Legislative assembly gets off to a heated start

Yukon's MLAs kicked off the fall sitting of the legislative assembly this week with debate over Bill S-6 and the controversial Whistle Bend continuing care centre, and with a stern reprimand from House speaker David Laxton.

Yukon’s MLAs kicked off the fall sitting of the legislative assembly this week with debate over Bill S-6 and the controversial Whistle Bend continuing care centre, and with a stern reprimand from House speaker David Laxton.

Early Thursday afternoon, Premier Darrell Pasloski introduced a motion calling for a meeting between First Nation leaders and cabinet ministers to discuss Yukon’s response to the recommendations from the Truth and Reconciliation Commission.

The territory’s deputy ministers have already drafted a report outlining the work that has been done and that still needs to be done.

The government says the territory’s 11 self-government agreements and the new residential school curriculum help to address some of the recommendations from the commission’s report.

The newly elected federal Liberal Party has said it will implement all 94 recommendations.

But during question period, NDP Opposition Leader Liz Hanson cast doubt on the Yukon government’s commitment to building stronger relationships with First Nations.

“This premier’s continued support for Bill S-6 is a rejection of reconciliation,” she said. Bill S-6, which was passed by the government in June, makes controversial changes to the Yukon Environmental and Socio-economic Assessment Act. Three Yukon First Nations have filed a lawsuit over the bill.

Pasloski appears not to have given up on the legislation, despite the fact that the federal Liberal Party has said it will repeal the four controversial amendments in the bill. He told the assembly that Yukon First Nations have agreed to sit down with the territorial and federal governments to discuss the legislation.

“For me, an environmental assessment process that’s consistent with other jurisdictions is important for us to not have another reason for people to invest somewhere else, either in exploration or for mining,” he later told the News.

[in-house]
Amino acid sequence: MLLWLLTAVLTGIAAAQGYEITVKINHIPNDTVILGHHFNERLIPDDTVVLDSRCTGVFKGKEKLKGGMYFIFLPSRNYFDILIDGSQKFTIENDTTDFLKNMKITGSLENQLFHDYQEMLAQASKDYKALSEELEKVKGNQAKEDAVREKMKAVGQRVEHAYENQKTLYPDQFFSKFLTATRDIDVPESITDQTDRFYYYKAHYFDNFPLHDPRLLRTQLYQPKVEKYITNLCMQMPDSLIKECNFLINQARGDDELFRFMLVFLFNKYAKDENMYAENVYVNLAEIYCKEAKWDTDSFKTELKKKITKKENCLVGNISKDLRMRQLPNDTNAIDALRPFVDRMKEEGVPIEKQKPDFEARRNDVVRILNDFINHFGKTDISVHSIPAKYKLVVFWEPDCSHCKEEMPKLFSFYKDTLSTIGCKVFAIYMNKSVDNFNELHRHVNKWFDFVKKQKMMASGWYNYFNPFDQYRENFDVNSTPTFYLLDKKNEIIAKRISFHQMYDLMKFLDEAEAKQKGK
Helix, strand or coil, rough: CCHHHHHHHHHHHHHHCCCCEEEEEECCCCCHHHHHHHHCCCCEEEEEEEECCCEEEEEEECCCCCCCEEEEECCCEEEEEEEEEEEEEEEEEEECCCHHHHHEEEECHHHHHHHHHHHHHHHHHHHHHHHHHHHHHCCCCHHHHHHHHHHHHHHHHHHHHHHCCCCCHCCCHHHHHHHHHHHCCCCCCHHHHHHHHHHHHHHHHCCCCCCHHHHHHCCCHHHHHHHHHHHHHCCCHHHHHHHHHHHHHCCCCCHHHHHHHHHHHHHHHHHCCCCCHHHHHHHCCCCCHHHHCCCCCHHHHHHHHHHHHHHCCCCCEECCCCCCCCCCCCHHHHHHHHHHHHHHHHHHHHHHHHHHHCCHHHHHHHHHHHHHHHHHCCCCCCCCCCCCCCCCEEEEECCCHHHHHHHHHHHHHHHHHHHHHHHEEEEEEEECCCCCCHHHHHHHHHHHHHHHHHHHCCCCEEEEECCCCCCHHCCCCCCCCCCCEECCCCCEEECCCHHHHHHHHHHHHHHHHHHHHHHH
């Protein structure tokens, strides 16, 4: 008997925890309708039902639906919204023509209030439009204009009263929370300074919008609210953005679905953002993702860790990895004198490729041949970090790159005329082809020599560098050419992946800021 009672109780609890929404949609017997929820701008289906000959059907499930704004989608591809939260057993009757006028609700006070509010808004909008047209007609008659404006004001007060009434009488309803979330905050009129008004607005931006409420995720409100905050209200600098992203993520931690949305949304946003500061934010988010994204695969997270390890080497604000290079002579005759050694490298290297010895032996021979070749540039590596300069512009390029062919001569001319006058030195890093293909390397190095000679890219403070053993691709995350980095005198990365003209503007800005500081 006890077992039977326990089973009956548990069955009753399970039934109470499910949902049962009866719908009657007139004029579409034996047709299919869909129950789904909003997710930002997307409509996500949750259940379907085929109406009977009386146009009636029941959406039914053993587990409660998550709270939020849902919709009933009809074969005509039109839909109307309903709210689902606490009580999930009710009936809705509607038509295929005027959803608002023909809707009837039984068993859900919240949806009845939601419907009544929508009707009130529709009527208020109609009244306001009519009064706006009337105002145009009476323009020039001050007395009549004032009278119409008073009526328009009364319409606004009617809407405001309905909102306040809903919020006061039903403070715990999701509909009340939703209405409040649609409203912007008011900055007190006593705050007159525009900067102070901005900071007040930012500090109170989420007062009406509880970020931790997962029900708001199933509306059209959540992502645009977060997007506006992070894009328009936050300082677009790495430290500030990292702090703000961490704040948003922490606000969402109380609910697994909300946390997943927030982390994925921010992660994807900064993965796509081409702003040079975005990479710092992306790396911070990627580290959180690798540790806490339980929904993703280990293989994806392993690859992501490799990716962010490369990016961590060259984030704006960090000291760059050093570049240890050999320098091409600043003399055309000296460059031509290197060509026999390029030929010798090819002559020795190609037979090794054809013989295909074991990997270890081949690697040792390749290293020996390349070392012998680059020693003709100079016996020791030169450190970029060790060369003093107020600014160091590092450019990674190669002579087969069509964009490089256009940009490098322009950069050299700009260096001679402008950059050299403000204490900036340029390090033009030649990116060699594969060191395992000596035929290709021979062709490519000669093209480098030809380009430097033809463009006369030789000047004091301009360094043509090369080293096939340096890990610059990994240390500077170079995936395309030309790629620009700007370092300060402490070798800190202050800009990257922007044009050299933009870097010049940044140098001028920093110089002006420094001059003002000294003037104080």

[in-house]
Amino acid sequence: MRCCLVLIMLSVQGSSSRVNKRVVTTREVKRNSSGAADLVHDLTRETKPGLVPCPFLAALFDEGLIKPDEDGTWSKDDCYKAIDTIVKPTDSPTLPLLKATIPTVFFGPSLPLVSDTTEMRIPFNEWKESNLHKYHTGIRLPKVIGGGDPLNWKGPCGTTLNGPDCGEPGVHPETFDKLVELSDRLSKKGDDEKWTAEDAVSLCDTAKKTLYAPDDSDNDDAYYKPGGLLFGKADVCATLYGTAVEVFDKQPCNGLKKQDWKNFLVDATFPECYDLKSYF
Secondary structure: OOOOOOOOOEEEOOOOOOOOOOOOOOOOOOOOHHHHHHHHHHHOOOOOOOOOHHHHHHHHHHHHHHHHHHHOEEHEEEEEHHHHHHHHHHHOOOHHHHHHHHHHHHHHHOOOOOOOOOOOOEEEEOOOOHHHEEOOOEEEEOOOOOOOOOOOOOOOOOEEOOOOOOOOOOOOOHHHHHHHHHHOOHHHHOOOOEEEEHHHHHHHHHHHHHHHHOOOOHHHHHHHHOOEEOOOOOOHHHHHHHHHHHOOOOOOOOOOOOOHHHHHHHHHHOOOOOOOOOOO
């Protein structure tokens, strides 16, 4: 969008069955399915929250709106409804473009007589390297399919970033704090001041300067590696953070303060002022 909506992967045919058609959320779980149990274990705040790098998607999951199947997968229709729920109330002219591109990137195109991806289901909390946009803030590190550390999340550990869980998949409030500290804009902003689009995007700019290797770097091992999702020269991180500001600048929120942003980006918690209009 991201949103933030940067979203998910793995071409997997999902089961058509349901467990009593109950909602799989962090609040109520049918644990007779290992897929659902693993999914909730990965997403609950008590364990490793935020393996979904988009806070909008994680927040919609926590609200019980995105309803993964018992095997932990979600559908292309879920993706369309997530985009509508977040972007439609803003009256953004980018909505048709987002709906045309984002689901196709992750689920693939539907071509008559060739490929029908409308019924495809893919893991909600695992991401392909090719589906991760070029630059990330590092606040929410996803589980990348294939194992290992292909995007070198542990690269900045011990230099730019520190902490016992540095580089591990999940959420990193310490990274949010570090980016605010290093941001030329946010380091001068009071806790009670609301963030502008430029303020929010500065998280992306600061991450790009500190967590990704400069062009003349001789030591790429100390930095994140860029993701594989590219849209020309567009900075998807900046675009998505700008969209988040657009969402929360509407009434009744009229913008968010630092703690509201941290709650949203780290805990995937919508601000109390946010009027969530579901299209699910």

The assembly heated up when NDP MLA Jan Stick brought up the contentious Whistle Bend continuing care centre. Last month, the opposition party organized a town-hall meeting where several Yukoners voiced their fears about sending loved ones to a large institution in a sparsely occupied neighbourhood.

“Meaningful consultation relies on listening. When will this government listen to Yukoners about what they need to age in place?” Stick asked.

Education Minister Doug Graham responded, saying that Stick “did not tell the truth” in a letter she sent out to MLAs regarding the facility. NDP MLAs fired back, accusing Graham of using unparliamentary language by calling Stick a “liar.” Laxton eventually took charge of the situation, and had stern words for the NDP.

“He did not use the word (“liar”); you did when you were heckling,” he said. “I caution you right now not to use that word at all, even when you’re heckling.”

Pasloski later told the News that the NDP “lack an understanding” of how desperate the situation is for people needing long-term care.

“On any given day, we can have up to 20 people in the hospital who are waiting for a long-term care bed,” he said. “Simply investing more money in home care doesn’t change anything.”

Climate change and natural resources were also a subject of debate on Thursday. NDP MLA Kate White asked whether the government was planning to send representatives to the international climate talks in Paris in November.

Though the Yukon Party MLAs did not respond to her question directly, Pasloski later told the News that he will attend the talks.

“I was on a conference call this morning with all of Canada’s premiers discussing this very issue,” he said on Thursday. “I have decided that I will be attending and leading the Yukon delegation.”

All premiers not facing election campaigns will attend the summit with prime minister-designate Justin Trudeau.

Liberal Leader Sandy Silver also came out swinging in the assembly, questioning why the government chose to make its upcoming community meetings “invite-only.”

“Entering the 14th year of office, at least the Yukon Party has finally admitted that they are only listening to a select group of Yukoners behind closed doors,” he said.

Pasloski maintains that the government has invited a broad range of people to attend the meetings, which will take place in Whitehorse, Haines Junction, Dawson City and Watson Lake this fall. He said people may feel more comfortable voicing their opinions in a smaller, private forum.

This is the last fall sitting of the legislative assembly before the territorial government must call an election. The government is expected to introduce amendments to Yukon’s Municipal Act and Land Titles Act during this session.

Contact Maura Forrest at maura.forrest@yukon-news.com